Presenting the Winners of the 2014 Wabash Prize for Nonfiction

We are thrilled to announce that Leslie Jamison, judge of the 2014 Wabash Prize for Nonfiction, has chosen “Ghost Language” by Jessica Wilbanks as the winning essay.  Here’s what Jamison has to say about Jessica Wilbanks’ essay:

“Ghost Language” is a searching, visceral examination of faith and its negative margins–its nerve endings are sharply attuned to the proximate world–the song of its particulars–and the yearning for something less proximate, something divine. It’s a piercing examination of memory and longing–the vexed terms by which one can be haunted by one’s own lost faith.

“Ghost Language” will be published in the spring issue of Sycamore Review.  We’re also excited to announce that Pamela Schmid’s essay, “Black Roses,” was selected by Jamison as the runner-up and will appear in the upcoming issue of Sycamore Review as well. Here’s what Jamison has to say about Pamela Schmid’s work:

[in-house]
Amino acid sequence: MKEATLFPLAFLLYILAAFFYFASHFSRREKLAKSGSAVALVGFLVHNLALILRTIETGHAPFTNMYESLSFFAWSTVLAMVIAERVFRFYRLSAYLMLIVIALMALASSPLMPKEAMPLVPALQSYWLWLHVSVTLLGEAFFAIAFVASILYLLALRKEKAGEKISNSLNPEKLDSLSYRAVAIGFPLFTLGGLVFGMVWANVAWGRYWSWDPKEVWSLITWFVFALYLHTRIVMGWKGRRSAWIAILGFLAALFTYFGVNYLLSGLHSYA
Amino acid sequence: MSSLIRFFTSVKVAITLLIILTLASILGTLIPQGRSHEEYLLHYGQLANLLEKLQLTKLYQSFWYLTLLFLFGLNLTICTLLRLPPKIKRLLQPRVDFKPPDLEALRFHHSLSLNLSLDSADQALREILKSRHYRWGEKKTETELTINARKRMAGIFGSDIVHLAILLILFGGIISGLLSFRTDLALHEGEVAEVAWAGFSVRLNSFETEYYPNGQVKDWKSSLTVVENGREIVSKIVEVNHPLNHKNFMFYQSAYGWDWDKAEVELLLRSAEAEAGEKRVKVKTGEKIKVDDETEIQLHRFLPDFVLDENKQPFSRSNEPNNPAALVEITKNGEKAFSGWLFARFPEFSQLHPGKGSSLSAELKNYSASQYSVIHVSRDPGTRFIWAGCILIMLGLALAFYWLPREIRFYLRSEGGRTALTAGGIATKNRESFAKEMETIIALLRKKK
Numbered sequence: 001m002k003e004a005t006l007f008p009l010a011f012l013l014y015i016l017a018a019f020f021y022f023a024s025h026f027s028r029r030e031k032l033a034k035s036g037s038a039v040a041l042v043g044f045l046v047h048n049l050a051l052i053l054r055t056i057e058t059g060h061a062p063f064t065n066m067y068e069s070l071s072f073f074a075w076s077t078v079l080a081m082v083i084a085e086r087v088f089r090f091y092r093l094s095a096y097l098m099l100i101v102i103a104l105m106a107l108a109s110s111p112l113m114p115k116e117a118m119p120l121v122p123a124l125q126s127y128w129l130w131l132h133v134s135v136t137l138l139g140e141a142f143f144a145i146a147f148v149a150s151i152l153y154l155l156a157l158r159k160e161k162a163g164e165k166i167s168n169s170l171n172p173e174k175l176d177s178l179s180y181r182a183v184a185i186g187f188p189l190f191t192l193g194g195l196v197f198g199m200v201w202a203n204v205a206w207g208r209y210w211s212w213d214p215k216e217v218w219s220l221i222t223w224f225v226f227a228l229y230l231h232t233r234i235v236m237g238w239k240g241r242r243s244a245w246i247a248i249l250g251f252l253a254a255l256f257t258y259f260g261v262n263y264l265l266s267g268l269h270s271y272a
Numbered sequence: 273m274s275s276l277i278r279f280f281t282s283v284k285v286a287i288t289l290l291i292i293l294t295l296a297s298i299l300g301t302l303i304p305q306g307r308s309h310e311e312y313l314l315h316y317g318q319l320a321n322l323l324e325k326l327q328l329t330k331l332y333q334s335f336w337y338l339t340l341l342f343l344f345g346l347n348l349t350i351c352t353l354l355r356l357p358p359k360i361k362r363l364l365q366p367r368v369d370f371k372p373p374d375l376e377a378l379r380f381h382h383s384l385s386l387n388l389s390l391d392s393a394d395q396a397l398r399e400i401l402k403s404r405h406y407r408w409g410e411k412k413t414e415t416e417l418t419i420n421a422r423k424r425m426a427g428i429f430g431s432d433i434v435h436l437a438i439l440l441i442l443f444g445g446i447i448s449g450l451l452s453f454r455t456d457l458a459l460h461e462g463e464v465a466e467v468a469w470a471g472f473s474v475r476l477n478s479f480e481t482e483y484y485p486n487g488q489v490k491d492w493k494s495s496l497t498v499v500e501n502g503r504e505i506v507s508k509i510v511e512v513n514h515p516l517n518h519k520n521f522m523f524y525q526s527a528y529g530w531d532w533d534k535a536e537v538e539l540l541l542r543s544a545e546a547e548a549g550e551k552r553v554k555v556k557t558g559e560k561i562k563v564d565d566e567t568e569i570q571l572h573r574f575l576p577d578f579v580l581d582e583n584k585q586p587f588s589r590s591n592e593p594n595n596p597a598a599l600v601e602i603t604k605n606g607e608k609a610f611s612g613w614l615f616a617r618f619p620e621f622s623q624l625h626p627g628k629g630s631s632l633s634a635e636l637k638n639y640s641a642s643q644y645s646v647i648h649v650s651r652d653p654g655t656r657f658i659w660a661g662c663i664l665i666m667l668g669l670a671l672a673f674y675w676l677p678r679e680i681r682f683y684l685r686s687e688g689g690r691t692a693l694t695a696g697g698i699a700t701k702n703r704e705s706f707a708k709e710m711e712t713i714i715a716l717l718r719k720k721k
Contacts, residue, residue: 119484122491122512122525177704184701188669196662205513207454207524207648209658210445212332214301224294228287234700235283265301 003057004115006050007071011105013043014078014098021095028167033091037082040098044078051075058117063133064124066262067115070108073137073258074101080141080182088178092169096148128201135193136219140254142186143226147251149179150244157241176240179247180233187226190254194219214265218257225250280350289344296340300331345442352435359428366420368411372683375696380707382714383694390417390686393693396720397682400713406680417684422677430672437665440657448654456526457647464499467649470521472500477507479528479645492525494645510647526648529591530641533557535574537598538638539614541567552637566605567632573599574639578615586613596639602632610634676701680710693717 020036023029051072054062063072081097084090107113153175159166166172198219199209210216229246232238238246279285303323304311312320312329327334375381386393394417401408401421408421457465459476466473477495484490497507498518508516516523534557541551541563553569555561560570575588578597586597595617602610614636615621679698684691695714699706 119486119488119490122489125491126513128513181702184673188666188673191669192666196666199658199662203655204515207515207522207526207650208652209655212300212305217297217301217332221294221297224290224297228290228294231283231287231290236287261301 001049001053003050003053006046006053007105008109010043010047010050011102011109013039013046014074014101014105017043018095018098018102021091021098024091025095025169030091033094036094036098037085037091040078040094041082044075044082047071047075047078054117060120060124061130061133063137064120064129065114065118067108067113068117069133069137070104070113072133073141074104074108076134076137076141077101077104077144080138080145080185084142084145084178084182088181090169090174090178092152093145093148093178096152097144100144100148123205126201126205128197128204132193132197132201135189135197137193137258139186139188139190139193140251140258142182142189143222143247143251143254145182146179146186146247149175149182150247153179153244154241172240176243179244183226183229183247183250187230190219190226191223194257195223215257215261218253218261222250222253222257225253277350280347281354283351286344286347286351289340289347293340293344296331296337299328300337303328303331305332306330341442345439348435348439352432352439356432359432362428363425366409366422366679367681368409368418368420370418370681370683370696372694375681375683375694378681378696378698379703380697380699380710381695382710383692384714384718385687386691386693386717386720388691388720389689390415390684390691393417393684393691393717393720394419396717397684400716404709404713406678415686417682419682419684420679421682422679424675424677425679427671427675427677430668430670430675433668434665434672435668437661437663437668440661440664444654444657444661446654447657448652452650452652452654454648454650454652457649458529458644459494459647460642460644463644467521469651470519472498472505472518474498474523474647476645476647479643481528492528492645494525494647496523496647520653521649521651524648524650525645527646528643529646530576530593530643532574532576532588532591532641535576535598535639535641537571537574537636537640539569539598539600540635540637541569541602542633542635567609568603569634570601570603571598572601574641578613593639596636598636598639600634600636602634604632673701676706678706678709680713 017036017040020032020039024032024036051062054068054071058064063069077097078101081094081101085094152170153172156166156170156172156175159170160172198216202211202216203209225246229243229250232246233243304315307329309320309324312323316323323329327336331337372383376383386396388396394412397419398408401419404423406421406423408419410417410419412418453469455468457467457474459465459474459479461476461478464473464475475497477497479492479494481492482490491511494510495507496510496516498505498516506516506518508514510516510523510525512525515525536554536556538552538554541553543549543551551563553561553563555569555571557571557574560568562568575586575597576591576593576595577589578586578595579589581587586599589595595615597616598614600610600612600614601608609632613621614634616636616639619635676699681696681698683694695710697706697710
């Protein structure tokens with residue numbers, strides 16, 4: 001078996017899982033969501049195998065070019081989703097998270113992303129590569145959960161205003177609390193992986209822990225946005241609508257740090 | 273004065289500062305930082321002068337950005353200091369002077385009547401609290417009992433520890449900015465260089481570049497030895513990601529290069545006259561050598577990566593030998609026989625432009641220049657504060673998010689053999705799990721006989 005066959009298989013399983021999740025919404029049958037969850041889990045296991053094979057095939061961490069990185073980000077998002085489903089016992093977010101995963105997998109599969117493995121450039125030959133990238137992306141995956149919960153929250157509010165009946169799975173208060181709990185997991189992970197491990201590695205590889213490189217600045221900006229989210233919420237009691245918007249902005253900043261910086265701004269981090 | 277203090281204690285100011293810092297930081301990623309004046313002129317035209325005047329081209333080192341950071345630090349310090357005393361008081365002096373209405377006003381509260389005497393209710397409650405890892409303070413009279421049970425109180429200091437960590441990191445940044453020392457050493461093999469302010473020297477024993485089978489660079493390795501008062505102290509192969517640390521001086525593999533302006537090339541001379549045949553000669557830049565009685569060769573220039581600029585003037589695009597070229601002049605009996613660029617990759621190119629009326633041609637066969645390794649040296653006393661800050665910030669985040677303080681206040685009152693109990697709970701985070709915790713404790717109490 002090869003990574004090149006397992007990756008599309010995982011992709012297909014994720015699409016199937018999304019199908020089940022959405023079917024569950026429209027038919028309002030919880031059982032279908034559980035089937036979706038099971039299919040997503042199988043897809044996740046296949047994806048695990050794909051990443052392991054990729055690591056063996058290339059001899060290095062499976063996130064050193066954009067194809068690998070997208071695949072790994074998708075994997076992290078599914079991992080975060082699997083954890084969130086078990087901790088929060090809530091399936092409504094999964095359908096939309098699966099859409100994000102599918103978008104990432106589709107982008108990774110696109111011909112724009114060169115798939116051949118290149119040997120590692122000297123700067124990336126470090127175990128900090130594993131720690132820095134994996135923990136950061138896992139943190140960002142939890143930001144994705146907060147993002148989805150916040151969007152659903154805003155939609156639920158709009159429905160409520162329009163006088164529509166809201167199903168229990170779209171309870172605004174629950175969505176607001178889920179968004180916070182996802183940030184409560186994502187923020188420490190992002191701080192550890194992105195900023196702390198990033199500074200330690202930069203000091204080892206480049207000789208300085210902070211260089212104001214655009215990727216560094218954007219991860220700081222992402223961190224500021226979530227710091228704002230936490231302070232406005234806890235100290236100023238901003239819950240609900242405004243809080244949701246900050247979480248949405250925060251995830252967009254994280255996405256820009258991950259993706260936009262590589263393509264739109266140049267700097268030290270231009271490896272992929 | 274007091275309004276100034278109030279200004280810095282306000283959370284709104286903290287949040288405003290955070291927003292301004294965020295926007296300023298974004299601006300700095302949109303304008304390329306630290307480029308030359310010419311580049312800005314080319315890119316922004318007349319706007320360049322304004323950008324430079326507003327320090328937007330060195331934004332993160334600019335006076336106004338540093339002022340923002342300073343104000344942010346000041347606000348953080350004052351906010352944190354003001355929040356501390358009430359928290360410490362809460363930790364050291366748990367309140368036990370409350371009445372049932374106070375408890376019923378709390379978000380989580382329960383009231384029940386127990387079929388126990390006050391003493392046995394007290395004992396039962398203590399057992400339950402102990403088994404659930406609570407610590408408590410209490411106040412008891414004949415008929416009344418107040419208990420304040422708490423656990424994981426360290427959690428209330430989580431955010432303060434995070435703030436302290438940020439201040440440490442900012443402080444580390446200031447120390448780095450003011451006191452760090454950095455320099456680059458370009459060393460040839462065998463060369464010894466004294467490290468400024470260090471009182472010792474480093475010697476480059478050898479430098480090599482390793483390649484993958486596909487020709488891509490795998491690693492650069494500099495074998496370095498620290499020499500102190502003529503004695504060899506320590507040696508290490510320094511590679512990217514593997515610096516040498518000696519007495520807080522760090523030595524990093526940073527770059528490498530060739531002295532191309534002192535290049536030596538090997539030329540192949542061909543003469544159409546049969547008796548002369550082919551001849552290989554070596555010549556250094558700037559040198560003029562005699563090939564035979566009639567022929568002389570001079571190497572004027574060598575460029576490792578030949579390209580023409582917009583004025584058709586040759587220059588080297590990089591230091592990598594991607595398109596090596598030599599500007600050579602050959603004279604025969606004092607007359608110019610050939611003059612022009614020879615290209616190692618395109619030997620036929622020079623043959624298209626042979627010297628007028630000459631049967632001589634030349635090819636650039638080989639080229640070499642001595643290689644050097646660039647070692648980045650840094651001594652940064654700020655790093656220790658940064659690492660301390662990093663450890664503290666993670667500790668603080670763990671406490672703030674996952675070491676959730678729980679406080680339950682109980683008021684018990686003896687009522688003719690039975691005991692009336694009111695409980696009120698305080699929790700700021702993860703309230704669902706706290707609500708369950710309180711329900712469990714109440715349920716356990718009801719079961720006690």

“Black Roses” is a deeply moving narrative of patience and loss. It’s a narrative of fertility struggles that manages to be unapologetic about its emotional heft, and the gravity of its investments, without devolving into maudlin sentiment or self-pity. It gripped me absolutely.

We’d like to congratulate all of the finalists and semifinalists who were chosen from a wide and talented pool of entrants.


Sean Ironman, “Chasing Something in the Night”

Sally J. Johnson, “Breastwork”

Sheryl Louise Rivett, “Inheritance”


Marjorie Hakala, “Jumping the Fence”

Jill Kolongowski, “Luck: An Annotated History”

Julie Jeanell Leung, “Moon of the Century”

Jess Smith, “D.”

Barrett Warner, “My Thousand Year Old Disease”

Congratulations again to our winner, runner-up, and finalists.  And a big thank you to all who submitted! Stay tuned for an excerpt from the winning essay!